One of the most exciting features of our new facility is its accessibility. For anyone who visited our former location, the steps taken toward accessibility will be clearly evident. We now have a lift that helps patrons move between floors, barrier free washrooms, and the main entrance is down a ramp straight from Queen Street. We are so proud to be a theatre where everyone can have an excellent experience and our staff are always on hand to help facilitate this. This should be the case everywhere, but unfortunately, it’s not.
This week NOW Magazine published an article by Alex Bulmer, a playwright and actor who is blind, detailing her experience booking a hotel room in Toronto. She was in town working on The Book of Judith, which we were presenting with Self Conscious Theatre Company and The Abilities Centre in Whitby. The show is about accessibility, telling the story of Judith Snow, an artist with quadriplegia. The performers are people with and without disabilities and the show spreads a message of inclusion, accessibility, and agency. It’s surprising then, that while working on this show, Alex experienced numerous setbacks while trying to book a hotel with her guide dog. Although her dog is not a pet, she was told she would have to pay a ”pet fee.” Alex’s experience illustrates the ignorance that is still prevalent when dealing with differently abled people. Not only is her experience contrary to human decency, but it’s also in breach of the Human Rights Code.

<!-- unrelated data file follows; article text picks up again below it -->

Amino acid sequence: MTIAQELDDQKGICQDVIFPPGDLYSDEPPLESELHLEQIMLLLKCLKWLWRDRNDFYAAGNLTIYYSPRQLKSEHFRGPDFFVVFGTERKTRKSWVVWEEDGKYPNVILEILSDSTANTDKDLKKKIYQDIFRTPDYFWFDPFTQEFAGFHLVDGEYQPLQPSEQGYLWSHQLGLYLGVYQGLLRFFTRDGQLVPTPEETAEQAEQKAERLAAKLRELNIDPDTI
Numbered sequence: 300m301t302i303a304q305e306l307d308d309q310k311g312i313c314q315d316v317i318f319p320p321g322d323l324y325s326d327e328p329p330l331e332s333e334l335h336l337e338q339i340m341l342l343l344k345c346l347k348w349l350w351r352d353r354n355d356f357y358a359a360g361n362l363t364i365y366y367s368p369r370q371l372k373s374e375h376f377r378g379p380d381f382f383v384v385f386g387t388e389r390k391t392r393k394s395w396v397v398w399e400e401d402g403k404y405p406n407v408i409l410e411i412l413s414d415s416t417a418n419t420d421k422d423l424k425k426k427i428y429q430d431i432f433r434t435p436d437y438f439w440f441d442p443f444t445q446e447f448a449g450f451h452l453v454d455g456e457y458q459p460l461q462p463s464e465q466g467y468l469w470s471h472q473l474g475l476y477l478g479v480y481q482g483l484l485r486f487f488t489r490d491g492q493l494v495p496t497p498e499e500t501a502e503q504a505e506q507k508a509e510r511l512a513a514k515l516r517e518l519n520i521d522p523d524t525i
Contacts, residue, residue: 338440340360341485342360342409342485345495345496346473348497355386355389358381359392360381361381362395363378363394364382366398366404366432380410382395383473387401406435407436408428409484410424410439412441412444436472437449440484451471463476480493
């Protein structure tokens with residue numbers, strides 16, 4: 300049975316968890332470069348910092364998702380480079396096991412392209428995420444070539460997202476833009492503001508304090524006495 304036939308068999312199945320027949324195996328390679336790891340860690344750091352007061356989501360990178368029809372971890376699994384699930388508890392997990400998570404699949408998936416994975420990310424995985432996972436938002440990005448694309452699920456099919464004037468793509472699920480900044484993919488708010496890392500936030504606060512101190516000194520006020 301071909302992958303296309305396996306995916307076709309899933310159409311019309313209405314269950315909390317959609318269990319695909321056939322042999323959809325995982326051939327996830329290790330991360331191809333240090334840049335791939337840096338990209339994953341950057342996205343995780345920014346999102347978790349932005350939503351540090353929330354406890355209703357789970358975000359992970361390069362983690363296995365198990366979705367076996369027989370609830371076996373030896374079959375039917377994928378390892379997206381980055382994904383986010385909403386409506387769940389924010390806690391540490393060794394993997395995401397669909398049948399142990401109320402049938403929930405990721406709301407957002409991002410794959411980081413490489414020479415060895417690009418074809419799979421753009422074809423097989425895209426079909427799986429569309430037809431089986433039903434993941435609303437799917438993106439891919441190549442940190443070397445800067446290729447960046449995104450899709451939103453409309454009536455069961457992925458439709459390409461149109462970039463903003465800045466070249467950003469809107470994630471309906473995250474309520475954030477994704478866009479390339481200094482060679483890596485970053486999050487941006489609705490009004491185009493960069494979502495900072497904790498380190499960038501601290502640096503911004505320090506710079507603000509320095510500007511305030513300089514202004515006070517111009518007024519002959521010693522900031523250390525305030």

What Alex experienced is beyond embarrassing. She explains it best:
“Toronto will be hosting the Para-Pan Am Games next summer. Some 1,500 athletes with physical disabilities will be participating in 15 sports at the event.
And it’s high time Toronto got its act together and the facts straight: people who live with disability deserve to live in a society that respects their cultural practice, understands their access needs and, at the very least, delivers services in accordance with the provincial laws.”
Click here to read the rest of the article and please share it, so that we can move toward being a more aware and inclusive city.